Public safety answering points need to be upgraded to Next Generation (NG911). Here’s what that will take.
As originally published in NoJitter.
I’m sure I’m not the only person who’s ever wondered why Uber and Lyft can find someone, but first responders can’t. The primary reason is because most 911 systems were originally built using analog rather than digital technologies. Today we have public safety answering points (PSAPs) across the country that have basic or Enhanced 911(E911) and they need to be upgraded to Next Generation (NG911). While the technology to implement these new IP-based 911 systems is available, the transition to NG911 involves much more than just new computer hardware and software. Implementing NG911 in states and counties nationwide will require the coordination of a variety of emergency communication, public safety, legislative and governing entities.
The Federal Communications Commission (FCC) has taken several steps to improve the nation’s 911 system and public safety by encouraging and facilitating the deployment of a nationwide, seamless communications infrastructure for emergency services. In addition to addressing the challenges or issues with 911 as listed by the National 911 Program at 911.gov, the FCC has adopted legislation to specifically address issues behind the multi-line telephone system (MLTS) with Kari’s Law and Section 506 of RAY BAUM’S Act.
Public safety 911 systems with E911 can automatically report the telephone number referred to as Automatic Number Identification (ANI) and location referred to as Automatic Location Information (ALI) of 911 calls made from wireline phones. One of the primary problems behind an MLTS is the information automatically provided to the PSAP is typically only the billing telephone number (BTN) and associated address. The reason for this is that the carrier providing connectivity to the public switched telephone network (PSTN) only registers the BTN information as required, hence the problem that needs to be addressed with legislation. The MLTS caller’s true ANI and ALI are not readily available to the dispatcher. Secondly, if an E911 call needs to be transferred to another PSAP because the call was misrouted, the transfers are limited to a bordering PSAP. These technical limitations are causing complications with the dispatch and emergency response outcomes. There can be a ripple effect in delays when dispatching with E911 from behind an E911 call or VoIP system. The most disturbing scenario I’m familiar with is the story of Jose Manuel Beltran, a 13-year-old boy in Delano, CA, who needed emergency services at school. The 911 call was misrouted, and the ripple effect of challenges as read in this article here were all factors in the cause of Beltran’s death.
Bill Svien of Vita Safety Partners recently wrote an article called “Copper Going Away Presents Another Challenge.” The evolution in technology from copper to VoIP or SIP, the move to cloud communications, mobility, and the ability to work from home anywhere in the world with a phone on a business communications platform, provide a wide range of benefits while adding to the complexity of maintaining a working emergency ecosystem within the organization’s voice network.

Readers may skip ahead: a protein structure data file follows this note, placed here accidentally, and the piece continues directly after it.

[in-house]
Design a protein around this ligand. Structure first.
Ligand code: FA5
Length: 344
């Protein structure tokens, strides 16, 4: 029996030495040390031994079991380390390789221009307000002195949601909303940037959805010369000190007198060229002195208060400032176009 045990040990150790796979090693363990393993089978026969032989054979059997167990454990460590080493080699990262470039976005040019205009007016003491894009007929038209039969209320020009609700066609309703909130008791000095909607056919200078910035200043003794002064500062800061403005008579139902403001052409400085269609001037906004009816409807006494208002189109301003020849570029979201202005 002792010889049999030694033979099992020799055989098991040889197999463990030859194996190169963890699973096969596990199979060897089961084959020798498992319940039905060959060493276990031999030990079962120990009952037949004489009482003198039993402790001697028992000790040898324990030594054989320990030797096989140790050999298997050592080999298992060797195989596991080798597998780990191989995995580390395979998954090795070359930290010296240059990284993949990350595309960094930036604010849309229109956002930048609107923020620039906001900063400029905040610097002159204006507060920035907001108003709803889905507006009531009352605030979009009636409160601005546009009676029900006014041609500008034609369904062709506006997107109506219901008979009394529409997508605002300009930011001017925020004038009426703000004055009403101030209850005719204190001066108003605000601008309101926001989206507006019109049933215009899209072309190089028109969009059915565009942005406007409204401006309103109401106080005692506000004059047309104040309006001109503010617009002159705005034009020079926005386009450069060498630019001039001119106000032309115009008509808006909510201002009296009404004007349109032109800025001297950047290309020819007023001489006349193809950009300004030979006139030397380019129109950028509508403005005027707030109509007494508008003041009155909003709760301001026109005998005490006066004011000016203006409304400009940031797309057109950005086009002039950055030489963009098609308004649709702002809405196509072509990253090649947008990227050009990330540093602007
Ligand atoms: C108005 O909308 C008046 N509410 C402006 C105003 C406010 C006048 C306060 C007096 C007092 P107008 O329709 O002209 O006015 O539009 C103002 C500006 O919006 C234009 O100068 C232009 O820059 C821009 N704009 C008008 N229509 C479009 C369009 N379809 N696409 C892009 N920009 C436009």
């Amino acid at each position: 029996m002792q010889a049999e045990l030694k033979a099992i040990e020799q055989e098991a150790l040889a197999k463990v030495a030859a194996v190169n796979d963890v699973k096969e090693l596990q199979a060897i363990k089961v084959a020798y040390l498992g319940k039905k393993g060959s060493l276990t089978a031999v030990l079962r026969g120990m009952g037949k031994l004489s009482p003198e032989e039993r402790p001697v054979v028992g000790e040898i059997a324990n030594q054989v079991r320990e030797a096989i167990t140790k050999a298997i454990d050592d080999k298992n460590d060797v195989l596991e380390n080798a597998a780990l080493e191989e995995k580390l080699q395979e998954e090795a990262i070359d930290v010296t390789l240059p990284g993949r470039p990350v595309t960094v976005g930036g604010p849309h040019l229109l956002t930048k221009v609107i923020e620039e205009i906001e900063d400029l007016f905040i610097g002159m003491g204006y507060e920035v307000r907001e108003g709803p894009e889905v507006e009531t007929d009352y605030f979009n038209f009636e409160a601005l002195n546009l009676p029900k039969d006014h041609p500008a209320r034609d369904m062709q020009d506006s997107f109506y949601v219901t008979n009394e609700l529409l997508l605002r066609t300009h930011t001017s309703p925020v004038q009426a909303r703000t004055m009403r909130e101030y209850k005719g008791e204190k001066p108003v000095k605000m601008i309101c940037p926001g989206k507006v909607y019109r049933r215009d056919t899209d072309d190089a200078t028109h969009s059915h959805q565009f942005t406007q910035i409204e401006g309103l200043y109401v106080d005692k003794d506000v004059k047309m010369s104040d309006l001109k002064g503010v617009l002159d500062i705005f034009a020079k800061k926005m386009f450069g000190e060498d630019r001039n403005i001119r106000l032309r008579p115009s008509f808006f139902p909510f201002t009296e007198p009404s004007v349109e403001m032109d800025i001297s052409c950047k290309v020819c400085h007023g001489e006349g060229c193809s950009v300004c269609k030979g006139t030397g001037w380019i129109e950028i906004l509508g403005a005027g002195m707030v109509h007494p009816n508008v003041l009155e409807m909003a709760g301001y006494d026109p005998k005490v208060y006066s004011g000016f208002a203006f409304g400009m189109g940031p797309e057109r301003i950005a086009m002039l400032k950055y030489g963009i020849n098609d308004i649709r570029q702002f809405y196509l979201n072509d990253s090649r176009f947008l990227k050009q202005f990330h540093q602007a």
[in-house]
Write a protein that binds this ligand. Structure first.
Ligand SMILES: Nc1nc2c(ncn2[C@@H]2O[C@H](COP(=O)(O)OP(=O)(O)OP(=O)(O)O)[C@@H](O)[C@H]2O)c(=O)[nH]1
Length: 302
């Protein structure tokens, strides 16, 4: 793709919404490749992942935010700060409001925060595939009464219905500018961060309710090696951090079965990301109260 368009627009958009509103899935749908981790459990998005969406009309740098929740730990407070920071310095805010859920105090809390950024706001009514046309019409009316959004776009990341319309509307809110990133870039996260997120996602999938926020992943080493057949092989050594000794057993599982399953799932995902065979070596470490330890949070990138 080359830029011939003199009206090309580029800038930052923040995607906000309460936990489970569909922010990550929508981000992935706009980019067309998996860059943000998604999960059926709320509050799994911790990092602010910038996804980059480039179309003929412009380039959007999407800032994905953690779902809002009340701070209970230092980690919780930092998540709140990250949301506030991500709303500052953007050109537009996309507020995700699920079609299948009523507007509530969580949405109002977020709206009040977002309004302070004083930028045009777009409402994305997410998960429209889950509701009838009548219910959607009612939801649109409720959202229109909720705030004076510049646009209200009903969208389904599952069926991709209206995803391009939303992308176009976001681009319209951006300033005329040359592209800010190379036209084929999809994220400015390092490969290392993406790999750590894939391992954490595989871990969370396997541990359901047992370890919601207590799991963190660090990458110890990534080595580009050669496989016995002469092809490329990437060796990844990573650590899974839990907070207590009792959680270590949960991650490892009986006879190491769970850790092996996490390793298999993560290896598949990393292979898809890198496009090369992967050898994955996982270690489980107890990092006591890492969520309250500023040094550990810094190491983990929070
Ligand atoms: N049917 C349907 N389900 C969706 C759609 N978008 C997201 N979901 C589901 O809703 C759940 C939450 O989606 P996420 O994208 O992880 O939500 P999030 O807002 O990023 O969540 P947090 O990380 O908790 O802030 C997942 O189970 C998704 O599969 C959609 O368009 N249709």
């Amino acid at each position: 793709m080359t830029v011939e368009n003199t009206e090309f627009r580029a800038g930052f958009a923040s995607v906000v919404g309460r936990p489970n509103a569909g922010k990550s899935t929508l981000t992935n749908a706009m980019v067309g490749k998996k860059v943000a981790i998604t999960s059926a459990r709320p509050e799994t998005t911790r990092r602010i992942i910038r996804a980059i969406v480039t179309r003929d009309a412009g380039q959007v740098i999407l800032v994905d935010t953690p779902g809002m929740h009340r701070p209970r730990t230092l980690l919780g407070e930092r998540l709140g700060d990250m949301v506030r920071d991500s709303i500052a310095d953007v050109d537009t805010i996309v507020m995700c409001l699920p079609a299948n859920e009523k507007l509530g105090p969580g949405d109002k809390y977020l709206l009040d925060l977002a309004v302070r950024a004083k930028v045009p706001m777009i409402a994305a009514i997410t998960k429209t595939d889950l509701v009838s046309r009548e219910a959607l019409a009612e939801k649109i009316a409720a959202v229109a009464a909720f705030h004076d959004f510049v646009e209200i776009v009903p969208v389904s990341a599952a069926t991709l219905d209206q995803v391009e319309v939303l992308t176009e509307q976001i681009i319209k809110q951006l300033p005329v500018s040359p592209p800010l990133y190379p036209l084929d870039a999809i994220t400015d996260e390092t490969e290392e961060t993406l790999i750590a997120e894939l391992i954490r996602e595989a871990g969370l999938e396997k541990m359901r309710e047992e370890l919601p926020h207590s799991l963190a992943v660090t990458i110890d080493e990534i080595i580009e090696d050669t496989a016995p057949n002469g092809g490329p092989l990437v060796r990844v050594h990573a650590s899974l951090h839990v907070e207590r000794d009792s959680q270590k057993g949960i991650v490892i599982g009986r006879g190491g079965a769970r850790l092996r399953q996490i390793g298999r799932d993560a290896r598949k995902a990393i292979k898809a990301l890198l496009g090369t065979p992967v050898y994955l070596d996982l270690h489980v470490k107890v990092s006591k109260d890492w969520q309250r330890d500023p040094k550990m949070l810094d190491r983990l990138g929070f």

Some organizations may have addressed the issues between the MLTS and E911 systems temporarily by using a PS-ALI or VPC service, or one of the many vendors that work with the enterprise to help organizations with compliance by providing additional technologies to automate the ANI/ALI from behind an MLTS. These 911 solutions are not one size fits all. It is important to understand the organization’s use cases, engage the right stakeholders, and develop a solid project plan before attempting to solve these problems in your environment. You may find a few of my previous articles and webinars helpful to implement and maintain a working emergency echo system, like “Top 10 Items To Include in Your NG911 Project Plan” and “Enterprise E-911 is NOT set it and forget it! The 3 reasons you need a maintenance plan.”
The FCC initiated a comprehensive proceeding to address how NG911 can enable public safety by advanced communication technologies in 2010. NENA addresses standards for NG911 that are required for a Service Orientated Architecture (SOA) approach. NG911 will bring several improvements with a large-scale 911 network able to accept multimedia, voice, text, and video if the right technology is in place from end to end.
I’ve included a few diagrams from the National Emergency Number Association (NENA) as an example of both the technical and community network and resources that must come together to have a successful outcome for NG911 and public safety. There are several acronyms for both E911 and NG911 included in these diagrams and can easily be looked up if you’d like to dive deeper into the technologies behind the scenes. My goal with the article is to show a high-level overview of the technology in place and required for public safety and to encourage you to do your homework if you are in any way responsible for the MLTS and handling this for your clients, employees, staff, visitors, patients, or students.
E911 Network — Today’s Technology
NG911 Network with Legacy Network included.
The goal of NG911 is to include all available resources for the best outcomes.